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Apgar v. Lederle Laboratories

Decided: March 28, 1991.

KELLY ANN APGAR, PLAINTIFF-RESPONDENT,
v.
LEDERLE LABORATORIES, A DIVISION OF AMERICAN CYANAMID COMPANY, A MAINE CORPORATION DOING BUSINESS IN THE STATE OF NEW JERSEY, PFIZER, INC., A DELAWARE CORPORATION DOING BUSINESS IN THE STATE OF NEW JERSEY, AND THE UPJOHN COMPANY, A DELAWARE CORPORATION DOING BUSINESS IN THE STATE OF NEW JERSEY, DEFENDANTS-APPELLANTS



On appeal from the Superior Court, Appellate Division.

For reversal and remandment -- Chief Justice Wilentz and Justices Clifford, Handler, Pollock, O'Hern, Garibaldi and Stein. For affirmance -- None.

Per Curiam

Plaintiff claims that in 1963 and 1964 she ingested certain drugs manufactured and distributed by defendants, and that because those drugs were defective, they produced discoloration in her adult teeth. She started this products-liability action in 1988. After discovery, defendants moved for summary judgment based on the statute of limitations, N.J.S.A. 2A:14-2 and -21. Plaintiff relied on our "discovery rule," arguing that she did not know, and could not reasonably have known, that she had a cause of action against these defendants until some time within two years before she filed her complaint.

The trial court denied summary judgment for defendants, and the Appellate Division denied leave to appeal. We granted defendants' motion for leave to appeal, 121 N.J. 658, 583 A.2d 345 (1990), and now reverse.

I

Plaintiff, Kelly Ann Apgar, was born on August 19, 1961. The amended complaint filed in this cause in October 1988 alleges that between January 1963 and April 1964 she ingested certain tetracycline-based antibiotic drugs manufactured and distributed by defendants; that those drugs were defective as not being reasonably safe for their intended use by pediatric consumers, particularly in their "known potential for tooth discoloration consequent to infant ingestion"; and that defendants are liable for the ill effects, specifically the discoloration of plaintiff's adult teeth, caused by defendants' products. Her complaint is grounded on theories of strict products liability, failure to warn (first count); negligent failure to warn (second count); breach of warranty (third count); misbranding, deceptive packaging, and false labeling, all in violation of state statutory standards, federal regulations, and Food and Drug Administration requirements (fourth count); and unconscionable commercial practice, fraud, and misrepresentation, all in contravention of the New Jersey Consumer Fraud Act, for which she seeks treble damages (fifth count).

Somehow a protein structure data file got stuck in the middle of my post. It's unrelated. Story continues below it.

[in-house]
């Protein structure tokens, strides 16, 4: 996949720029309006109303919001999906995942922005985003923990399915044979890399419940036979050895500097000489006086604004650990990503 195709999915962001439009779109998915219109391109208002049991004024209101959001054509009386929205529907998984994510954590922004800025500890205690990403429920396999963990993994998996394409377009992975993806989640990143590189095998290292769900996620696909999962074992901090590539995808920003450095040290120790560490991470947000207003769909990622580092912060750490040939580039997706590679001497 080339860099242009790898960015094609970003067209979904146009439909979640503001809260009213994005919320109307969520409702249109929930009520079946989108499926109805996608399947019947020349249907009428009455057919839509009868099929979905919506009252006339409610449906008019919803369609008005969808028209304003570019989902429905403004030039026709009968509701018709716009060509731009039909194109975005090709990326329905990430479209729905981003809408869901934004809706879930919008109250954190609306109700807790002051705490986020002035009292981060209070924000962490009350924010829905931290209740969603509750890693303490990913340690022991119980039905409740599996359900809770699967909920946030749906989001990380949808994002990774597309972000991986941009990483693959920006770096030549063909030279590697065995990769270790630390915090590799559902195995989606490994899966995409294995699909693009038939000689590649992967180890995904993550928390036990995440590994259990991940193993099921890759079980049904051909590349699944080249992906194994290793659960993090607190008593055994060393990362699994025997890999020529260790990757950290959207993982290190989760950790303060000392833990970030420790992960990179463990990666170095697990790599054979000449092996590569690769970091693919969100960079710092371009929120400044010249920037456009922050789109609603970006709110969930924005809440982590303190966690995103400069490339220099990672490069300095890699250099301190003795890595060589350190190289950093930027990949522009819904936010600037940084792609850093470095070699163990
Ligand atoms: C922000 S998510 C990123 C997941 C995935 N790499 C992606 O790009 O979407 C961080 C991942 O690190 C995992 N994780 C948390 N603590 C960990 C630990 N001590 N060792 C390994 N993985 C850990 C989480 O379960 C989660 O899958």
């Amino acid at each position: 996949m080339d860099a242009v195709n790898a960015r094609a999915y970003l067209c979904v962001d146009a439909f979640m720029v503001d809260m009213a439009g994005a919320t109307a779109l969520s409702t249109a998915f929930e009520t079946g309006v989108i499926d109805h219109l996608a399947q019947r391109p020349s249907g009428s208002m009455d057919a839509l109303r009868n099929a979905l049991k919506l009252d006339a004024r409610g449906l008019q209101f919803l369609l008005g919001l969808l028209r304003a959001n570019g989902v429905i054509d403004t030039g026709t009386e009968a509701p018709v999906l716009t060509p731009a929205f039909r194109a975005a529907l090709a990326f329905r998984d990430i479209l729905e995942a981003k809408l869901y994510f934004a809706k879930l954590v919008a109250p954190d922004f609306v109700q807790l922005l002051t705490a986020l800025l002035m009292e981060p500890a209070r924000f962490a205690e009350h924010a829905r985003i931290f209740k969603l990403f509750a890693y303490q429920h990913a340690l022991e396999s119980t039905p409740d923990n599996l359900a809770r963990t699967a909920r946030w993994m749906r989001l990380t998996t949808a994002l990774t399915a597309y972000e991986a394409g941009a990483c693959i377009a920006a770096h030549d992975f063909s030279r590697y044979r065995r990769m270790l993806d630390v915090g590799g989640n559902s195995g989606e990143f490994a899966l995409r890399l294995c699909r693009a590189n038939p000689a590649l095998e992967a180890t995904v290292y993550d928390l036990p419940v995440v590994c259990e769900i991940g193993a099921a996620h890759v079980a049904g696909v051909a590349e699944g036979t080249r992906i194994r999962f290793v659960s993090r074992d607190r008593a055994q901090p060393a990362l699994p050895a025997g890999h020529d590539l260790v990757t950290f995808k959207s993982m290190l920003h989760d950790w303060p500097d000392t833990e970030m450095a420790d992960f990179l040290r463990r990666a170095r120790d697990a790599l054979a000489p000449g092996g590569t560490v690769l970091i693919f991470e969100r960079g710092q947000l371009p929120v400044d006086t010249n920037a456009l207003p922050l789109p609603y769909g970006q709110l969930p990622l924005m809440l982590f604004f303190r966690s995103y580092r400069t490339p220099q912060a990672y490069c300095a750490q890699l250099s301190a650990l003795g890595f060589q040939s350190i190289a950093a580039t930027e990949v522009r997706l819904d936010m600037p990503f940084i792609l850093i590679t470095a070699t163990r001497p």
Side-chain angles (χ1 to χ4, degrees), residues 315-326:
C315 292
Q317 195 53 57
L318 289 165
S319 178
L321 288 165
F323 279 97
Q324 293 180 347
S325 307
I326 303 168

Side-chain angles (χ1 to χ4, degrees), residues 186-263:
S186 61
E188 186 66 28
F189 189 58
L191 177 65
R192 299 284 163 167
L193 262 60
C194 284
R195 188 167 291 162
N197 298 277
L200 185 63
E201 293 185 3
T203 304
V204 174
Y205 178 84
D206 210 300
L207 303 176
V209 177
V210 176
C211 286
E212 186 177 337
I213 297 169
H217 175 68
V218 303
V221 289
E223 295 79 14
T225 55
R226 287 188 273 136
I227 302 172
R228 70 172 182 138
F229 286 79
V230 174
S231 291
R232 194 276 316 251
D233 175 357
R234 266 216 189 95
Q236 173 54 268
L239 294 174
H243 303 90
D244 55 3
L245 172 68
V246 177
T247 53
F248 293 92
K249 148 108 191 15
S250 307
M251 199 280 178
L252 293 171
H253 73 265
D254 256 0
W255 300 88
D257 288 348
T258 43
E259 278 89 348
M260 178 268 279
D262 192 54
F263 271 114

Defendants' answering pleadings raised the defense of the statute of limitations. Discovery included the deposition testimony of plaintiff, which forms a pertinent part of the record for disposition of this appeal. Because plaintiff acknowledges the accuracy of the facts set forth in the brief of defendant The Upjohn Company (Upjohn), we take the liberty of drawing liberally on Upjohn's factual presentation.

While she was still in grammar school, plaintiff noticed that her permanent teeth were discolored. In junior high school she learned from her dentist that medicine she had taken as an infant had caused the discoloration. The dentist told her that the staining could not be removed easily.

At the suggestion of a family friend, a physician, plaintiff then visited the Johnson & Johnson Dental Clinic for an evaluation. There she learned that the tooth discoloration had been

caused by medication and that the damage was permanent. Plaintiff testified on depositions that "the people at Johnson & Johnson had said that it was related to medication." When Ms. Apgar asked her mother what medications she had taken that could have caused the discoloration, her mother identified Mysteclin, a tetracycline product.

Plaintiff admitted that by the time she was graduated from high school in 1979, she thought that medication she had taken had caused the discoloration. Moreover, she testified that after her visit to the Johnson & Johnson clinic in the 1970s, she believed that the medication had not been ...


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